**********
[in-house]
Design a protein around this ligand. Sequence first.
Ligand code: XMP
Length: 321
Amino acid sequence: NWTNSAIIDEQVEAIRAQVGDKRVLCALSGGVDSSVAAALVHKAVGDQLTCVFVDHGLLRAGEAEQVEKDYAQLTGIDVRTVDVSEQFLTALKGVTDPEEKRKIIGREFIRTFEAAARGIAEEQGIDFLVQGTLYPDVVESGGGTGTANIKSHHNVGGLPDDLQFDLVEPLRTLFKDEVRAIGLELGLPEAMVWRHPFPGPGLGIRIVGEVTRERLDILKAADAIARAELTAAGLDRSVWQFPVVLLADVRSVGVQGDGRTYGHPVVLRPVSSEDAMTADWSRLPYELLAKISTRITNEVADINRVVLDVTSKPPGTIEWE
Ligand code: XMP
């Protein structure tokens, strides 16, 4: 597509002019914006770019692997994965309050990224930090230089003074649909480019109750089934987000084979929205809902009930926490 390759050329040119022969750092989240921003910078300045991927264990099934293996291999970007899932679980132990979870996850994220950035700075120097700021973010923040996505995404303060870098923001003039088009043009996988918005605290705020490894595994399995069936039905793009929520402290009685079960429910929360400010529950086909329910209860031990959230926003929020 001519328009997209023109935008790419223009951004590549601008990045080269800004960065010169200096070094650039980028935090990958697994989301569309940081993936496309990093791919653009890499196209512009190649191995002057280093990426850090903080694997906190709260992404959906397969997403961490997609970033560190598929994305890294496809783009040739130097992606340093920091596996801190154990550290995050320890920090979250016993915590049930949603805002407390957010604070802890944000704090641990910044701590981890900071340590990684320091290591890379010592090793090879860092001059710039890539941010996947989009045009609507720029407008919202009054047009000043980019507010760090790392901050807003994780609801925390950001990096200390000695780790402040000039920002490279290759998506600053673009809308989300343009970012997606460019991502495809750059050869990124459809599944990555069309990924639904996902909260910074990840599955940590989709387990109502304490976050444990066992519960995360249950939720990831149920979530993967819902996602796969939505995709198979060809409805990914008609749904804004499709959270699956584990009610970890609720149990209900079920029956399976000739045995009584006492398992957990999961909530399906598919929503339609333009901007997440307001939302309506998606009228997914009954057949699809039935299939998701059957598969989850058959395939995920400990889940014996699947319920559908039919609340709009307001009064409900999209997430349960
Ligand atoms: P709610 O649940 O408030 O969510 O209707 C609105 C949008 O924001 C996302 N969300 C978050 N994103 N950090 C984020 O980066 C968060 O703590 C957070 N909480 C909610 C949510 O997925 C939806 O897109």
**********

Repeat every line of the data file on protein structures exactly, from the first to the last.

[in-house]
Design a protein around this ligand. Sequence first.
Ligand code: XMP
Length: 321
Amino acid sequence: NWTNSAIIDEQVEAIRAQVGDKRVLCALSGGVDSSVAAALVHKAVGDQLTCVFVDHGLLRAGEAEQVEKDYAQLTGIDVRTVDVSEQFLTALKGVTDPEEKRKIIGREFIRTFEAAARGIAEEQGIDFLVQGTLYPDVVESGGGTGTANIKSHHNVGGLPDDLQFDLVEPLRTLFKDEVRAIGLELGLPEAMVWRHPFPGPGLGIRIVGEVTRERLDILKAADAIARAELTAAGLDRSVWQFPVVLLADVRSVGVQGDGRTYGHPVVLRPVSSEDAMTADWSRLPYELLAKISTRITNEVADINRVVLDVTSKPPGTIEWE
Ligand code: XMP
């Protein structure tokens, strides 16, 4: 597509002019914006770019692997994965309050990224930090230089003074649909480019109750089934987000084979929205809902009930926490 390759050329040119022969750092989240921003910078300045991927264990099934293996291999970007899932679980132990979870996850994220950035700075120097700021973010923040996505995404303060870098923001003039088009043009996988918005605290705020490894595994399995069936039905793009929520402290009685079960429910929360400010529950086909329910209860031990959230926003929020 001519328009997209023109935008790419223009951004590549601008990045080269800004960065010169200096070094650039980028935090990958697994989301569309940081993936496309990093791919653009890499196209512009190649191995002057280093990426850090903080694997906190709260992404959906397969997403961490997609970033560190598929994305890294496809783009040739130097992606340093920091596996801190154990550290995050320890920090979250016993915590049930949603805002407390957010604070802890944000704090641990910044701590981890900071340590990684320091290591890379010592090793090879860092001059710039890539941010996947989009045009609507720029407008919202009054047009000043980019507010760090790392901050807003994780609801925390950001990096200390000695780790402040000039920002490279290759998506600053673009809308989300343009970012997606460019991502495809750059050869990124459809599944990555069309990924639904996902909260910074990840599955940590989709387990109502304490976050444990066992519960995360249950939720990831149920979530993967819902996602796969939505995709198979060809409805990914008609749904804004499709959270699956584990009610970890609720149990209900079920029956399976000739045995009584006492398992957990999961909530399906598919929503339609333009901007997440307001939302309506998606009228997914009954057949699809039935299939998701059957598969989850058959395939995920400990889940014996699947319920559908039919609340709009307001009064409900999209997430349960
Ligand atoms: P709610 O649940 O408030 O969510 O209707 C609105 C949008 O924001 C996302 N969300 C978050 N994103 N950090 C984020 O980066 C968060 O703590 C957070 N909480 C909610 C949510 O997925 C939806 O897109």